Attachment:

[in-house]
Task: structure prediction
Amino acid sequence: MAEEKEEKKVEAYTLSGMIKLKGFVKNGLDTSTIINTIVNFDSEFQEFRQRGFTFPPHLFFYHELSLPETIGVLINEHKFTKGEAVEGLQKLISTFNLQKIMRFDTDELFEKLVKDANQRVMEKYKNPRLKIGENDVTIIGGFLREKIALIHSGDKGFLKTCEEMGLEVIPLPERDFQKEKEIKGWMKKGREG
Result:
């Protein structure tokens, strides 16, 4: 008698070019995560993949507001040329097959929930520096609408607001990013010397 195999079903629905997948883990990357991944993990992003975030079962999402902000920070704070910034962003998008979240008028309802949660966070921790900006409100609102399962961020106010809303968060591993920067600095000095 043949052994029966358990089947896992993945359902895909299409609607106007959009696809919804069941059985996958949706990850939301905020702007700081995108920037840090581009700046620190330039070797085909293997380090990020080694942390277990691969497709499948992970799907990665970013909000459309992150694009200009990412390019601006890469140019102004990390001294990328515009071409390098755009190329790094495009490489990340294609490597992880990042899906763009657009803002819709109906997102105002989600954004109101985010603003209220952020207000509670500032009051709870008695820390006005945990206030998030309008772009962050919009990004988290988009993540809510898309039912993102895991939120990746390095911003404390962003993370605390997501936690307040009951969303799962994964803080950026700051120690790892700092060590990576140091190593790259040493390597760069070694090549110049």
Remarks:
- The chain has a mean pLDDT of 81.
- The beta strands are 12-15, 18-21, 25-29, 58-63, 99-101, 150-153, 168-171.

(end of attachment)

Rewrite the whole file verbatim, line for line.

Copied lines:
[in-house]
Task: structure prediction
Amino acid sequence: MAEEKEEKKVEAYTLSGMIKLKGFVKNGLDTSTIINTIVNFDSEFQEFRQRGFTFPPHLFFYHELSLPETIGVLINEHKFTKGEAVEGLQKLISTFNLQKIMRFDTDELFEKLVKDANQRVMEKYKNPRLKIGENDVTIIGGFLREKIALIHSGDKGFLKTCEEMGLEVIPLPERDFQKEKEIKGWMKKGREG
Result:
């Protein structure tokens, strides 16, 4: 008698070019995560993949507001040329097959929930520096609408607001990013010397 195999079903629905997948883990990357991944993990992003975030079962999402902000920070704070910034962003998008979240008028309802949660966070921790900006409100609102399962961020106010809303968060591993920067600095000095 043949052994029966358990089947896992993945359902895909299409609607106007959009696809919804069941059985996958949706990850939301905020702007700081995108920037840090581009700046620190330039070797085909293997380090990020080694942390277990691969497709499948992970799907990665970013909000459309992150694009200009990412390019601006890469140019102004990390001294990328515009071409390098755009190329790094495009490489990340294609490597992880990042899906763009657009803002819709109906997102105002989600954004109101985010603003209220952020207000509670500032009051709870008695820390006005945990206030998030309008772009962050919009990004988290988009993540809510898309039912993102895991939120990746390095911003404390962003993370605390997501936690307040009951969303799962994964803080950026700051120690790892700092060590990576140091190593790259040493390597760069070694090549110049």
Remarks:
- The chain has a mean pLDDT of 81.
- The beta strands are 12-15, 18-21, 25-29, 58-63, 99-101, 150-153, 168-171.